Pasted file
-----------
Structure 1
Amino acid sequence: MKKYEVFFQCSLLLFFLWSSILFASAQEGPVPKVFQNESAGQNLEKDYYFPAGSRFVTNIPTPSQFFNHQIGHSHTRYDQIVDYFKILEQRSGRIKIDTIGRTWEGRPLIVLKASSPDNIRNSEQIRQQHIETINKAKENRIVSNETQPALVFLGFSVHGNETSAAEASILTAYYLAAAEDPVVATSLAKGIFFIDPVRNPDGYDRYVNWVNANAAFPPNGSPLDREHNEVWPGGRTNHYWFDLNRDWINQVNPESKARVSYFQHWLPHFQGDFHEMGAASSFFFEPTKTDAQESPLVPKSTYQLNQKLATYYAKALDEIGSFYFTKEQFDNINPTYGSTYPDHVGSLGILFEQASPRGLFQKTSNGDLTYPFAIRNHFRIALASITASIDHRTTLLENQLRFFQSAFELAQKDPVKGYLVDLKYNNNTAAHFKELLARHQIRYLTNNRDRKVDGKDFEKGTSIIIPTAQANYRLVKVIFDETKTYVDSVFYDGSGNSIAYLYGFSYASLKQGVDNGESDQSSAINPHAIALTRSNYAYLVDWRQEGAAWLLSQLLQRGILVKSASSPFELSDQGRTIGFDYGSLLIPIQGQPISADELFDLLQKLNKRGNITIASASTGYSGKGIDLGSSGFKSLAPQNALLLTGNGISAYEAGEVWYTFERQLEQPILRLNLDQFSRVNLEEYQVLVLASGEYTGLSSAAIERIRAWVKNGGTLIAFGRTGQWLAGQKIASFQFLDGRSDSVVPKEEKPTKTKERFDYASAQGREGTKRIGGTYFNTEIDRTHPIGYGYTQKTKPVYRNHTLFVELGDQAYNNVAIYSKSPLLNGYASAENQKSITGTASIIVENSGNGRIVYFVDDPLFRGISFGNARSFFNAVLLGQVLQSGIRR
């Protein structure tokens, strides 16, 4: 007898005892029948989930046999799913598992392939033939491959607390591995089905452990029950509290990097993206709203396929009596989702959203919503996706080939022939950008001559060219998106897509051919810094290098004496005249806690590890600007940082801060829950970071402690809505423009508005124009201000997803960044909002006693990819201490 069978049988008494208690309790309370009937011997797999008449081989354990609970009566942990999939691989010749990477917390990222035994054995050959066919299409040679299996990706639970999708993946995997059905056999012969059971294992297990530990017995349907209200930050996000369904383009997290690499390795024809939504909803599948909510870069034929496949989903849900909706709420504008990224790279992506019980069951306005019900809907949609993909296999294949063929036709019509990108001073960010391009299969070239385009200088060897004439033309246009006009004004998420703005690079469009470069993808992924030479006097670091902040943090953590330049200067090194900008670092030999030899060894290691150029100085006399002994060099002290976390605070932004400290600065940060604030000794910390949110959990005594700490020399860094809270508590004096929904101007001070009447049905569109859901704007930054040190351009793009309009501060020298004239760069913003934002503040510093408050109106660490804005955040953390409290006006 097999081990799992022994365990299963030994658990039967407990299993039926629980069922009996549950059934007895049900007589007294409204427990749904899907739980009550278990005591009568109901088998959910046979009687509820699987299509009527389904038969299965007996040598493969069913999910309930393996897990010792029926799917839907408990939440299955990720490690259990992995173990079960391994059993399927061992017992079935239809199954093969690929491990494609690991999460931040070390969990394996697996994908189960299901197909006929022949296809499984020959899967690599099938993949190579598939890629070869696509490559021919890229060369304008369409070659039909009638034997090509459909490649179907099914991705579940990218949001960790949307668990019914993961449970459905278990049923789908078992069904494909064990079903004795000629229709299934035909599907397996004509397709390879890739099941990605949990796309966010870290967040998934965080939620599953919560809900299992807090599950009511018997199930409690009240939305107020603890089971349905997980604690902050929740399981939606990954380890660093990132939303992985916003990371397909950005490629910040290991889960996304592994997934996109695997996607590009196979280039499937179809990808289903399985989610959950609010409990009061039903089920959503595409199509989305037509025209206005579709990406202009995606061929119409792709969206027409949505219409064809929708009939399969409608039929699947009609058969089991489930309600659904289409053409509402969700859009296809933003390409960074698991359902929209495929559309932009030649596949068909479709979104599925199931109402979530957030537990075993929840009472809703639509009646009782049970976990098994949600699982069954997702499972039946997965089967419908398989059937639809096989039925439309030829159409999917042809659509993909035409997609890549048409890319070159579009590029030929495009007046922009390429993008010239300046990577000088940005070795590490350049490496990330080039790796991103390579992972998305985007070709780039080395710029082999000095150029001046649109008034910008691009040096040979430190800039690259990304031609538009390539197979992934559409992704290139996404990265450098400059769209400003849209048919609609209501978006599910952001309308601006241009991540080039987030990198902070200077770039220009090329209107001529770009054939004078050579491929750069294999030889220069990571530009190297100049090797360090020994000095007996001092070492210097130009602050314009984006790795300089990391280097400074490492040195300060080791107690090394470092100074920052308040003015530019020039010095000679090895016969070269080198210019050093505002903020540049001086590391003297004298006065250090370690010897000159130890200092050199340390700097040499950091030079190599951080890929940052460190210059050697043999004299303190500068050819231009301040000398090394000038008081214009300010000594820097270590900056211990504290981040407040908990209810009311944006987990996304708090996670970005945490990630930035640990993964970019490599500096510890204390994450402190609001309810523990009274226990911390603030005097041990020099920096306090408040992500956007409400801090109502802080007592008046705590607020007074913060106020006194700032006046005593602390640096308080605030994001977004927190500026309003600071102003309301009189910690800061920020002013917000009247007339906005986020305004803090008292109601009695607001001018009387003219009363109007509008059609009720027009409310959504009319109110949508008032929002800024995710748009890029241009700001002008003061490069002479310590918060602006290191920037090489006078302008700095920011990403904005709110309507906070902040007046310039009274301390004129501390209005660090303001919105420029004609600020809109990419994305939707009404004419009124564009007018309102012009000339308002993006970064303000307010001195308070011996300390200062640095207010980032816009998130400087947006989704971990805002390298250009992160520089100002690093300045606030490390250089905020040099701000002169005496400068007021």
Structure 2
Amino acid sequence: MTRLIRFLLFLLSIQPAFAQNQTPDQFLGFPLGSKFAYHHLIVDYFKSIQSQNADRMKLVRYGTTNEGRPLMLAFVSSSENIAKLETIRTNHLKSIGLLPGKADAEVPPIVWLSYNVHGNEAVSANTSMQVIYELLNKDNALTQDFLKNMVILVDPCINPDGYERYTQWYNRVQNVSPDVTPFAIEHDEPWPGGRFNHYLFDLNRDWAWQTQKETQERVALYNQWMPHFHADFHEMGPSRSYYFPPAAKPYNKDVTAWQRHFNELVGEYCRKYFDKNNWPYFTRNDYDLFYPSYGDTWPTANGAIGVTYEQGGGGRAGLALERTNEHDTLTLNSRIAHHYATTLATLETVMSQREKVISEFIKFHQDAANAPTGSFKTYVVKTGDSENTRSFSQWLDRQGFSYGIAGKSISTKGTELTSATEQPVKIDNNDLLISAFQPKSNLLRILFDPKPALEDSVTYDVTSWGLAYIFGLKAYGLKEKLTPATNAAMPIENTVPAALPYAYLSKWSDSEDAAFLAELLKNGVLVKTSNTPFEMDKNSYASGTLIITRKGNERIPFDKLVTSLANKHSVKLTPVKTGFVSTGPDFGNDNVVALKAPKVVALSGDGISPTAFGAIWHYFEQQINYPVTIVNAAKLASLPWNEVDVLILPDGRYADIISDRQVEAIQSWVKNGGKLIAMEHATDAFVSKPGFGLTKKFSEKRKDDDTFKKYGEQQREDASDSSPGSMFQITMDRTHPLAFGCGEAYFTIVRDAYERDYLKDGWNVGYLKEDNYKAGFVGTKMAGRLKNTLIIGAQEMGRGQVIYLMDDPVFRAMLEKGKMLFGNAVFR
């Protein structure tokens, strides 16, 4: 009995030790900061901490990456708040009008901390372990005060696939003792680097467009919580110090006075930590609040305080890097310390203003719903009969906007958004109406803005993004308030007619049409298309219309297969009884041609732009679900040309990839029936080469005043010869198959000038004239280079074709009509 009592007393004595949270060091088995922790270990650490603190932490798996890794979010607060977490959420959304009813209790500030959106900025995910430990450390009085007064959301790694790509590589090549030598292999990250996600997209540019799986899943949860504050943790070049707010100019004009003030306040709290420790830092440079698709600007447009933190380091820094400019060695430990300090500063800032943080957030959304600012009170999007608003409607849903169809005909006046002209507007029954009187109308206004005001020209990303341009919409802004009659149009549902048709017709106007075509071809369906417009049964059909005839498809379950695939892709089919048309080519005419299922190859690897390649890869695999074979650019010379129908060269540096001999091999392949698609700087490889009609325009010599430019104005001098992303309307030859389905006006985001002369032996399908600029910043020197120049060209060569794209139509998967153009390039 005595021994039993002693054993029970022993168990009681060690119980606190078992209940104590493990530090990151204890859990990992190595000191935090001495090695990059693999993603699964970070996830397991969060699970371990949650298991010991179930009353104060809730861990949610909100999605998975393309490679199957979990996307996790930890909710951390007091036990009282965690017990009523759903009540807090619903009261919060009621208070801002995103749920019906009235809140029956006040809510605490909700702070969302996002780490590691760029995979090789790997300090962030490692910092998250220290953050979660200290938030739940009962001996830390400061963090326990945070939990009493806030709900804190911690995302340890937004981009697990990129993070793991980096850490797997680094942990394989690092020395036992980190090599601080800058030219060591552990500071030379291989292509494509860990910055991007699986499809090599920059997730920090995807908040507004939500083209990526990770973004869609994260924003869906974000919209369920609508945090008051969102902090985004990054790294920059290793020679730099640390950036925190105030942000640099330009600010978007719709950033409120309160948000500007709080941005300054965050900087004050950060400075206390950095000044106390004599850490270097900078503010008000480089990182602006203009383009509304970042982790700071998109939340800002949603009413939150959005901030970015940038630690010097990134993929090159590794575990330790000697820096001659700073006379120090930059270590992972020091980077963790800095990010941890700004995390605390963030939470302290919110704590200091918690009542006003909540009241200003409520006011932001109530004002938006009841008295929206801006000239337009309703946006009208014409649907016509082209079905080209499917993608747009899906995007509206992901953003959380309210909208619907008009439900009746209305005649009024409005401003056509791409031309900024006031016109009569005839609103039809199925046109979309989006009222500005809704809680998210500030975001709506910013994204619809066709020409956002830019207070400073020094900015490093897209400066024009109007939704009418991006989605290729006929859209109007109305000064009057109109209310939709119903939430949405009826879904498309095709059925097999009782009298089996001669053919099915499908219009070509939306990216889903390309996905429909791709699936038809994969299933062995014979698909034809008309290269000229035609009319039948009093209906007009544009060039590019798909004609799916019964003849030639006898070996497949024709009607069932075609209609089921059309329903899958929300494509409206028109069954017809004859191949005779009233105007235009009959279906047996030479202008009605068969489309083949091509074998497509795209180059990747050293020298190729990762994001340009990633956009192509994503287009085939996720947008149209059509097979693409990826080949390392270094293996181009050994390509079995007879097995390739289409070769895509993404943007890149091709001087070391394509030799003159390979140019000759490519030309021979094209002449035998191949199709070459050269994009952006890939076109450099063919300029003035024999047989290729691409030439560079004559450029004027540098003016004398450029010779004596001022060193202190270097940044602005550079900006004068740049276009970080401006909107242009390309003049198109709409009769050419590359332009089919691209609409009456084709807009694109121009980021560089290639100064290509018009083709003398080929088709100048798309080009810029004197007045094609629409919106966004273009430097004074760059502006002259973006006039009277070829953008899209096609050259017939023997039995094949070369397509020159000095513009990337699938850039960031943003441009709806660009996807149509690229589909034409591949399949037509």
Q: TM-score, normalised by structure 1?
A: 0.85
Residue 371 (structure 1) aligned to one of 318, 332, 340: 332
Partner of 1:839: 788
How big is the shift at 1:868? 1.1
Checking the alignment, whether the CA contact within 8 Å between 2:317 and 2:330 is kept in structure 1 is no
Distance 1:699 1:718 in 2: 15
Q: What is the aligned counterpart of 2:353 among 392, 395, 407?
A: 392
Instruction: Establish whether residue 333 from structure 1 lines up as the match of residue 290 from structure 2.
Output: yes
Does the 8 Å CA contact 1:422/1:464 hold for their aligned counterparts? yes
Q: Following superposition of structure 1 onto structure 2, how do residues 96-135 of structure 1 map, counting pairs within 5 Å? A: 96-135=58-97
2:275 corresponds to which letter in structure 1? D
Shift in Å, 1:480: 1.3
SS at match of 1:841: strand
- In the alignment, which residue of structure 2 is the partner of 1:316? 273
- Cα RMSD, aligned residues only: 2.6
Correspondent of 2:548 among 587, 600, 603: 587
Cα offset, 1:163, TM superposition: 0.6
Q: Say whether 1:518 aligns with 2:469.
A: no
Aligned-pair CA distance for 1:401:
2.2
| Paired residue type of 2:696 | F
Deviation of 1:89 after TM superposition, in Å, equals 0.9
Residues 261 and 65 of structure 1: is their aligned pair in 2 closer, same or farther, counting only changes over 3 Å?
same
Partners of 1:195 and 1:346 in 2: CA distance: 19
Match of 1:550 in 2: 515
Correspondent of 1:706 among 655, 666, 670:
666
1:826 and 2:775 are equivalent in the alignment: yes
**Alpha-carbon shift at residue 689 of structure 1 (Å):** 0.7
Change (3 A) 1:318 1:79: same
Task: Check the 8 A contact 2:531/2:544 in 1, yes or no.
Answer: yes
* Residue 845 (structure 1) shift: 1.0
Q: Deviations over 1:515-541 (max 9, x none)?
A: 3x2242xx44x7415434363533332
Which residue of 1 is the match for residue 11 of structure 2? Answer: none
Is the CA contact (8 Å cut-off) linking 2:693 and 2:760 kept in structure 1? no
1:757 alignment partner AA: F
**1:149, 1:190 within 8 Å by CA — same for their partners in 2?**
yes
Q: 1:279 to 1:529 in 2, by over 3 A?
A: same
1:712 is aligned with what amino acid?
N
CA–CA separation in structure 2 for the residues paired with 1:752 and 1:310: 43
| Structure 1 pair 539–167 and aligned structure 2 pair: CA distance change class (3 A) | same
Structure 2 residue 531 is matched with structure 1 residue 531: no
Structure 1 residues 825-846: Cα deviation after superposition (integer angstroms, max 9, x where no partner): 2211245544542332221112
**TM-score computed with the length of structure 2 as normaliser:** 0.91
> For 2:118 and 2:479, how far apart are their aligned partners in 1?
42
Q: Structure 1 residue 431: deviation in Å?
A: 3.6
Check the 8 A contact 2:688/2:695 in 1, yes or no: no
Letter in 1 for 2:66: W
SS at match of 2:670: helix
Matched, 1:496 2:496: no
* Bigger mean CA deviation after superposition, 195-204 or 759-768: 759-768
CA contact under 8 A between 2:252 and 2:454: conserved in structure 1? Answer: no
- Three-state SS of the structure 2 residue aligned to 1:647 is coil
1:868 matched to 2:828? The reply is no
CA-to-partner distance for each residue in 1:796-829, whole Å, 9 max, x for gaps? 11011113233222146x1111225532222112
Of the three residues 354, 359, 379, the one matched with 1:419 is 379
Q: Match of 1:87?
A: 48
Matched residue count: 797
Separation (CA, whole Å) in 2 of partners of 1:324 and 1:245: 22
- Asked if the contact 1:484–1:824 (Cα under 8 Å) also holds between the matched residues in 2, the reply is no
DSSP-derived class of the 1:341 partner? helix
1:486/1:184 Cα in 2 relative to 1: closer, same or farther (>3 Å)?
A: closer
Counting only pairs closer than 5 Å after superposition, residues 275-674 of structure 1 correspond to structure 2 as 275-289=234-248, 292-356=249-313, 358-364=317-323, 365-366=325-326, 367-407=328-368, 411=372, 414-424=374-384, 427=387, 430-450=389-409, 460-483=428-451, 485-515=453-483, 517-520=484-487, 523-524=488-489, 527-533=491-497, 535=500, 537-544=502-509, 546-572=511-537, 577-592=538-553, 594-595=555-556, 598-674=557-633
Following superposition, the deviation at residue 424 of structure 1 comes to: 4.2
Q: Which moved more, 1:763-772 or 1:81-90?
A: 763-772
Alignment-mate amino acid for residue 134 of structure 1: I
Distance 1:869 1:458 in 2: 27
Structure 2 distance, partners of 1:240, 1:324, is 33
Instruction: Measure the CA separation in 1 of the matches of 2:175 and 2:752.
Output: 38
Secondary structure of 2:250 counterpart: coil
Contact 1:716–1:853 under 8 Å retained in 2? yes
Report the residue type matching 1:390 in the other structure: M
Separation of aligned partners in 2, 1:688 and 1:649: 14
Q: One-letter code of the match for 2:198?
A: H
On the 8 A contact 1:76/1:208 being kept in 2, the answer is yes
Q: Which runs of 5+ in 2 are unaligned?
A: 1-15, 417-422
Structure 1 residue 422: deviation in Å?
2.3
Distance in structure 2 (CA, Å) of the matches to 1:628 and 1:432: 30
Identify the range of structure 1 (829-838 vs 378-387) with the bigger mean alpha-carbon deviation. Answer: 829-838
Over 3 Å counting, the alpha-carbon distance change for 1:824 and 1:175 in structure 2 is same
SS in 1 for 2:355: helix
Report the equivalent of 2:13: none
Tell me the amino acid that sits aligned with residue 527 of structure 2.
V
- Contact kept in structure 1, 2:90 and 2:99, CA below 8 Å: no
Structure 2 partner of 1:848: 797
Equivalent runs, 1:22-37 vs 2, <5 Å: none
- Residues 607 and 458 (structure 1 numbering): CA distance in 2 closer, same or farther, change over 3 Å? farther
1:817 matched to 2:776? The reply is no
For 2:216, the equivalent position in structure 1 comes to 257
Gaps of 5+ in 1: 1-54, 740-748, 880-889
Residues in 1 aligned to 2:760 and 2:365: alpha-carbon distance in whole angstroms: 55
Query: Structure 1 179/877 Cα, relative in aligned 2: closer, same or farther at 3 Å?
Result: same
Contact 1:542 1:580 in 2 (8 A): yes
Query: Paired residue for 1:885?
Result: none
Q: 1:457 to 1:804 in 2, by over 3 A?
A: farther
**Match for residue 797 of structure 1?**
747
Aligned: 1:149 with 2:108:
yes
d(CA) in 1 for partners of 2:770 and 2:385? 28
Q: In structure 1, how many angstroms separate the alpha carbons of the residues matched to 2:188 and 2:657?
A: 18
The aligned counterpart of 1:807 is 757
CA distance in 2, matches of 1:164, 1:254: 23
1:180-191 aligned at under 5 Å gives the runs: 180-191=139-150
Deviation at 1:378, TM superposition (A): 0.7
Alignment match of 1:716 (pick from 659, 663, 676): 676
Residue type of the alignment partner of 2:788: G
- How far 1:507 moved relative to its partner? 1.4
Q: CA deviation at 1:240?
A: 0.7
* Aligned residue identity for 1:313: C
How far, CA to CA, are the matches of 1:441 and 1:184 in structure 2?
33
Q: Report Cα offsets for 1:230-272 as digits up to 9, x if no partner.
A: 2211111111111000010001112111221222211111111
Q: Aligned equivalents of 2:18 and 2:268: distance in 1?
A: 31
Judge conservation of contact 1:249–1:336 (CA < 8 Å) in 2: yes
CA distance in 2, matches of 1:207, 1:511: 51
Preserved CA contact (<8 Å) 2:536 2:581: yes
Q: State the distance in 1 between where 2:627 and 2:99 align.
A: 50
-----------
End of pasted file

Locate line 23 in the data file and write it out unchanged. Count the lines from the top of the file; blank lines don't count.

- In the alignment, which residue of structure 2 is the partner of 1:316? 273